City council candidates answered questions at the Chamber of Commerce all-candidates forum at North Cariboo Community Campus Oct. 11. From left: Kyle Townsend, Ron Paull, Scott Elliott, Fritz Wyssen, Susan MacNeill, Laurey-Anne Roodenburg, Tony Goulet, Tammy Burrows, Martin Runge and Mitch Vik. Melanie Law photo

10 candidates perform under pressure at Quesnel City Council forum

Chamber of Commerce’s event saw around 80 locals turn up to hear from councillor candidates

Quesnel & District Chamber of Commerce hosted an all-candidates forum for Quesnel city councillors tonight (Oct. 11) at the North Cariboo Community Campus, with 10 of a total 11 candidates showing up to speak to the crowd of around 80 citizens, and take pre-approved questions from emcee Ruby Derksen, a local businesswoman and member of the Toastmasters Club.

Kyle Townsend, Ron Paull, Scott Elliott, Fritz Wyssen, Susan MacNeill, Laurey-Anne Roodenburg, Tony Goulet, Tammy Burrows, Martin Runge and Mitch Vik faced the crowd, with just Lindsay Woods not in attendance.

Each candidate was given three minutes for opening statements, in which they introduced themselves to the crowd, outlined past accomplishments and listed a variety of projects they hope to move forward on if elected.

Thirty questions were asked of candidates, with two or three candidates answering each question, and each candidate given one minute for their answer. Questions ranged in subject matter from the arts to air quality to the public works referendum, and were submitted by Chamber of Commerce members, as well as the general public and the candidates.

More general questions also gave candidates a chance to broaden their answers to outline issues that are important to them.

Each candidate had the opportunity to answer around eight questions, with emcee Derksen rotating through the speakers and randomly selecting the questions. Housing was a theme that emerged, as were things like crime reduction, and city council communication strategies to more actively and effectively engage the public.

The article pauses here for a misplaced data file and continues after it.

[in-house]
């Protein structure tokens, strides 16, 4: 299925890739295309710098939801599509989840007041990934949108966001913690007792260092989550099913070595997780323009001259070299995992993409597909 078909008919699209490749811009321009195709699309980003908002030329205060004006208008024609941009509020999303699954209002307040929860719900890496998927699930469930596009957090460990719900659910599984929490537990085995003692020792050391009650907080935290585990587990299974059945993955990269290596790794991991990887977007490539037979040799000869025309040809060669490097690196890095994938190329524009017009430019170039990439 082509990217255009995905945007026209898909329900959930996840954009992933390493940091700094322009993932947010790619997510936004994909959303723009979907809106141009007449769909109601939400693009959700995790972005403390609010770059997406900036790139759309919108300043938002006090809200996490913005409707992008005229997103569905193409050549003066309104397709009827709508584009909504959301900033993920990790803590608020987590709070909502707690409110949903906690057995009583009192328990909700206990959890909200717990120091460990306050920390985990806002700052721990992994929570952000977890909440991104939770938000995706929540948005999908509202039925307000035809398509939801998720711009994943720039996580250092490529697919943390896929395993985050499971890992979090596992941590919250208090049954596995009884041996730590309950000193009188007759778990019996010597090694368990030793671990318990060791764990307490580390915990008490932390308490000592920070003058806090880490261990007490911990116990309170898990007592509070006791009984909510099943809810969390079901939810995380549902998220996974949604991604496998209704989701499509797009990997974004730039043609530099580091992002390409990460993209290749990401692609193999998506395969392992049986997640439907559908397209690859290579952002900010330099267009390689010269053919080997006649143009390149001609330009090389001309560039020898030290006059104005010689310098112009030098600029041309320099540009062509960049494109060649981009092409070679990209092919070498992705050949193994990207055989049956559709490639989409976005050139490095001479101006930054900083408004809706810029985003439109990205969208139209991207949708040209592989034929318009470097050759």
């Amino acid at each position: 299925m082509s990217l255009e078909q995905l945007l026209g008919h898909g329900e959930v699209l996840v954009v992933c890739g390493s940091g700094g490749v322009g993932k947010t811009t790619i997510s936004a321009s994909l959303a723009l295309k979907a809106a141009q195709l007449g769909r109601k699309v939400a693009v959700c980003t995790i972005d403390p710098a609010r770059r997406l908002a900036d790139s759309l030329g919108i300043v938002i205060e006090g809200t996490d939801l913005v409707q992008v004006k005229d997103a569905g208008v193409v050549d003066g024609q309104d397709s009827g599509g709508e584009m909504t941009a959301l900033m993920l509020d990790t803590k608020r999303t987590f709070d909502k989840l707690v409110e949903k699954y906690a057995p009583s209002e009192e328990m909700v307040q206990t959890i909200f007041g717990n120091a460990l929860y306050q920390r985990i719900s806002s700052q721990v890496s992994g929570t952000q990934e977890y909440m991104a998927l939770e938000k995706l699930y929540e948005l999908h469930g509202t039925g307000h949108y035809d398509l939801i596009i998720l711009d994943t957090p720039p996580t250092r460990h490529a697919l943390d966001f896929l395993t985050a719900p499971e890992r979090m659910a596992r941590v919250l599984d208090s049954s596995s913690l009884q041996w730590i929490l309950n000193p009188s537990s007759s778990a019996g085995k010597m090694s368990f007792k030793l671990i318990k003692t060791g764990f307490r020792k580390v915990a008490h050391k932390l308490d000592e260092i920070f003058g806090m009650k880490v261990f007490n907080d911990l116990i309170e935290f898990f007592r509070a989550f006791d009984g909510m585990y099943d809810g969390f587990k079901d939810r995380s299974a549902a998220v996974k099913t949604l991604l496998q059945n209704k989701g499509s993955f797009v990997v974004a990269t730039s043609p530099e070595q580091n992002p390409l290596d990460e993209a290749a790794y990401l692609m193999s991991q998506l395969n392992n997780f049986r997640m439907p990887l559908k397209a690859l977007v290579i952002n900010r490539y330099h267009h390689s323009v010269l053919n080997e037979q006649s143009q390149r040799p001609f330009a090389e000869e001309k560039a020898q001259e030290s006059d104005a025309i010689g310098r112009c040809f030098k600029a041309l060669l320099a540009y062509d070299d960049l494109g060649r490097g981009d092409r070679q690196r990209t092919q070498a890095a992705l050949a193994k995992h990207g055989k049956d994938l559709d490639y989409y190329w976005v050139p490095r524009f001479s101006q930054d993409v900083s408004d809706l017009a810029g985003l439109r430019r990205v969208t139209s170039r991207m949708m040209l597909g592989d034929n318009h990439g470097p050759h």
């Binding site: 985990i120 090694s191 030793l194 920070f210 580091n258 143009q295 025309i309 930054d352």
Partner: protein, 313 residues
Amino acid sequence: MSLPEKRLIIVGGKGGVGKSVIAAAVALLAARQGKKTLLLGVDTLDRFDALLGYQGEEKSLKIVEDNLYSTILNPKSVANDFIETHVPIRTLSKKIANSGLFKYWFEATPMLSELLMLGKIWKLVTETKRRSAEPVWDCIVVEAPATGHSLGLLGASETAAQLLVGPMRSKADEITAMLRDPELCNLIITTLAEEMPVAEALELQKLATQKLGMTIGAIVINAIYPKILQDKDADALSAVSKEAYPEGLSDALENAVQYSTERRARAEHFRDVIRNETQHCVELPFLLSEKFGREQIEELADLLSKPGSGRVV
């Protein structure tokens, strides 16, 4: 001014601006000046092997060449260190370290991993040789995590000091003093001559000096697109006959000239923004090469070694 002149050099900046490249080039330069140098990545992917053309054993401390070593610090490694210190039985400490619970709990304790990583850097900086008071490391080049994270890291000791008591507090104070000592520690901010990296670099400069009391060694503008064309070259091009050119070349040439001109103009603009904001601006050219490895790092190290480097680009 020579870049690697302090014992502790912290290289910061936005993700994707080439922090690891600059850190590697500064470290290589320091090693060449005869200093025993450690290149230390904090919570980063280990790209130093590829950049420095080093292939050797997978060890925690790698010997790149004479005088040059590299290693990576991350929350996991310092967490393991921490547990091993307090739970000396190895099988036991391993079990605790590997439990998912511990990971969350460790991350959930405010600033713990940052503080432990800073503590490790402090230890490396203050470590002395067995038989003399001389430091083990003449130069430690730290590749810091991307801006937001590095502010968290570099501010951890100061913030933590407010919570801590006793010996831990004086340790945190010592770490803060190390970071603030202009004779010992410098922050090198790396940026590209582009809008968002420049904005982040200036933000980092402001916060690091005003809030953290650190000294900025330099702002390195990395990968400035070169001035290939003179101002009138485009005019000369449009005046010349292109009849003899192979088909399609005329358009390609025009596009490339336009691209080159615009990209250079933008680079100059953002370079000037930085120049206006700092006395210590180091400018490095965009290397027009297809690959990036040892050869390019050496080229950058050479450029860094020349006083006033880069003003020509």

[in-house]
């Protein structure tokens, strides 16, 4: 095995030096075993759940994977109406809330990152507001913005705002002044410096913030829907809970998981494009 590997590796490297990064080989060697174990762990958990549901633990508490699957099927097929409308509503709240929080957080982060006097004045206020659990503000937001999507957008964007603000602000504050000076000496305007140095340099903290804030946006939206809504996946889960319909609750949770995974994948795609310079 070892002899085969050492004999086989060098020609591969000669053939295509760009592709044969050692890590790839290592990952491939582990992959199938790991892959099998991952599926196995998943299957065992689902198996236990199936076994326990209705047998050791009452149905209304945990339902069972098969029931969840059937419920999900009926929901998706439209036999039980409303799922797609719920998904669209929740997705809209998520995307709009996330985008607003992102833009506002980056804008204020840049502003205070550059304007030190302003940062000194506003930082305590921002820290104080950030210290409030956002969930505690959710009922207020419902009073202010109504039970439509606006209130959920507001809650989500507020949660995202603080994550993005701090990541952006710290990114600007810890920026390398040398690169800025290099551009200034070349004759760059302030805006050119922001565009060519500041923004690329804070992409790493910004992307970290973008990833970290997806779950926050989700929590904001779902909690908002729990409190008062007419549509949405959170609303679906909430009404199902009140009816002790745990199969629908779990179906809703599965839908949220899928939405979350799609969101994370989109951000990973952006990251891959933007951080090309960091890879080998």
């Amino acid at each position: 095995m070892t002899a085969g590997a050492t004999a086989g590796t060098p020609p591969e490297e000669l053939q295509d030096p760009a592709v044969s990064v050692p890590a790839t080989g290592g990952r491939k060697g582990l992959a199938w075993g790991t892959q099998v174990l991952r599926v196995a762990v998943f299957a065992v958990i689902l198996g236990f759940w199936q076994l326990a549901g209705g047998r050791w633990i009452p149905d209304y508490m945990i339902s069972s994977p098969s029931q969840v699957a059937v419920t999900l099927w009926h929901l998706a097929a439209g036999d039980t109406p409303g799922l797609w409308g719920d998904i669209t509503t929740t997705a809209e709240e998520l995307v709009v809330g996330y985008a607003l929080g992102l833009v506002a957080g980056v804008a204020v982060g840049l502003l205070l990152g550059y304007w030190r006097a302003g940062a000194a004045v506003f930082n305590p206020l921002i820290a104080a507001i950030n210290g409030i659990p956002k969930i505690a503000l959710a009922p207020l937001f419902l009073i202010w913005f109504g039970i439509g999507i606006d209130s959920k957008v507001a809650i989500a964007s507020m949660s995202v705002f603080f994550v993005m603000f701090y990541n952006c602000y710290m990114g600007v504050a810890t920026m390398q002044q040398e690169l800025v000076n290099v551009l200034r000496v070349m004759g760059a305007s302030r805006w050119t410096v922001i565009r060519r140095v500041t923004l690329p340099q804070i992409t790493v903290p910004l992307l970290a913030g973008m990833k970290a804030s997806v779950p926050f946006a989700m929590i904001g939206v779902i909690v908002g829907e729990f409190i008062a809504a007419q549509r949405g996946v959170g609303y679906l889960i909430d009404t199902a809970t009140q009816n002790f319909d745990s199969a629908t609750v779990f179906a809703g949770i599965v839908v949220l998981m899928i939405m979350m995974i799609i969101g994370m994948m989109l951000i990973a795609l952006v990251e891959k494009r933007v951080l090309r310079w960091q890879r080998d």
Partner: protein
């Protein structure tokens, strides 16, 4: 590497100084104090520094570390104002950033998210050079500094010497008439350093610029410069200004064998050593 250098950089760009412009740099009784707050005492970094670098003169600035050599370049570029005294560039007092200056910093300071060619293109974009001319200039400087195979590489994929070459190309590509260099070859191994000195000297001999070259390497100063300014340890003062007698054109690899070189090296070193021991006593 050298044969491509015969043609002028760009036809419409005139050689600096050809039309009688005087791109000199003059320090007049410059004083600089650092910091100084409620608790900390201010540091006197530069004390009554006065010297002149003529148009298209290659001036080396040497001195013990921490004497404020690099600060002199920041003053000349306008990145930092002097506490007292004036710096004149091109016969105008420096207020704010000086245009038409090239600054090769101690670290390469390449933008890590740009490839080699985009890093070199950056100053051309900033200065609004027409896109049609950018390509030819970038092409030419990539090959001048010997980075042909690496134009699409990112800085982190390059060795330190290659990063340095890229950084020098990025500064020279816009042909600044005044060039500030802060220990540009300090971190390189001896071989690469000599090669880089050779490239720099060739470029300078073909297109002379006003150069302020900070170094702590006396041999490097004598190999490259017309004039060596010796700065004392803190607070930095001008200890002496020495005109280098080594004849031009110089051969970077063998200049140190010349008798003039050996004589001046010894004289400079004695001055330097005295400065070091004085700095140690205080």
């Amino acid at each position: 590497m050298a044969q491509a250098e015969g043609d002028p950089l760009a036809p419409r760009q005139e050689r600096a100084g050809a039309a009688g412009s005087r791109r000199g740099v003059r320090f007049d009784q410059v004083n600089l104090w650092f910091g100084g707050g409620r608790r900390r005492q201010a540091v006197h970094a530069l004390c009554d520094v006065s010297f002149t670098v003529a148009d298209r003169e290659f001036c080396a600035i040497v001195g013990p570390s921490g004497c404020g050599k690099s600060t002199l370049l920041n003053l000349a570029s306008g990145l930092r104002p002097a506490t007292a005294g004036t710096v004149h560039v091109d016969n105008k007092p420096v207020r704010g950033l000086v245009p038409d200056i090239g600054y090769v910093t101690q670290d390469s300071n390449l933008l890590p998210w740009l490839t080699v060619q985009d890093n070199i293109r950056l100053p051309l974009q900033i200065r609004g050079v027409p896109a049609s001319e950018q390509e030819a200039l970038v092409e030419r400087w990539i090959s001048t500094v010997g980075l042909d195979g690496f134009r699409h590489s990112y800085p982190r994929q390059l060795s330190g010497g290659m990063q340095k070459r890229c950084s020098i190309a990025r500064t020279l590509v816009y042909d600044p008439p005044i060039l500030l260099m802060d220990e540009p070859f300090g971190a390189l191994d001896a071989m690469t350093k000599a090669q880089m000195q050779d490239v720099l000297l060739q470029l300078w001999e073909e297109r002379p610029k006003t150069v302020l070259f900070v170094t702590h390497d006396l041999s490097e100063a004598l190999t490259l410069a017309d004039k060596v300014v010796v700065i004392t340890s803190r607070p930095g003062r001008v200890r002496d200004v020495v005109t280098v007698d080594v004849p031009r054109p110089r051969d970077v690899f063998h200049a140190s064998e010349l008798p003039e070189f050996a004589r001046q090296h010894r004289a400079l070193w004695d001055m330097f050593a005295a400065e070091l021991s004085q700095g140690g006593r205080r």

Candidates Runge and Elliott answered the question: What are the most important challenges facing this community? Both mentioned housing as a top challenge, with Runge commenting that housing opens up to many different community issues, including crime. He cited seniors and affordable housing challenges, as well as the need for policies to allow rental suites. Elliott commented that housing is part of feeling secure in the community, and he also mentioned community safety as a top challenge, with the need to create tools get get repeat offenders off the streets.

When speaking to the possible uses for the land in North Quesnel where the old junior school sits, Burrows suggested the space could be converted to a park to encourage family fun time and community connections. Paull said the site could be used for housing, including for seniors and for those potentially displaced by the proposed Interconnector project, as well as for a combination of rental and market housing to meet local need.

Some candidates were given the opportunity to describe their number one issue in the election. Townsend mentioned crime prevention and reduction, something he touched on during a few of his responses throughout the evening. “This should be a safe place to live,” he asserted. MacNeill cited housing as her number one issue, with the need for medium income rentals and allowing seniors to have the capacity to “age in place.”  

When asked about what would be their first special project if elected to council, Goulet said there needs to be a serious discussion around creating a harm reduction strategy. “It’s a reality, and it’s in our face,” he said. Incumbent councillor Roodenburg suggested she would like to advocate for a food security policy, to enable the public to have consistent access to enough food to have a healthy lifestyle. She also commented that such a strategy could incorporate locally grown products.

When asked to outline a problem they’d solved, candidate Vik brought up his work with the Lions Club in fundraising for Silver Manor, the affordable seniors complex which is poised to open its doors in North Quesnel. Wyssen commented that he has worked to create a virtual community block watch program in West Quesnel, after the community program was cancelled. He said the program uses social media “with it’s best intentions” to help neighbours feel secure.

Following the 30 questions, Derksen invited the candidates to offer one-minute closing remarks. All candidates thanked the public for attending, and some outlined issues they felt hadn’t been touched on, while others again highlighted some of the reasons they felt they would be suited to a seat on council.

Read all the Observer’s election coverage, including candidate profiles



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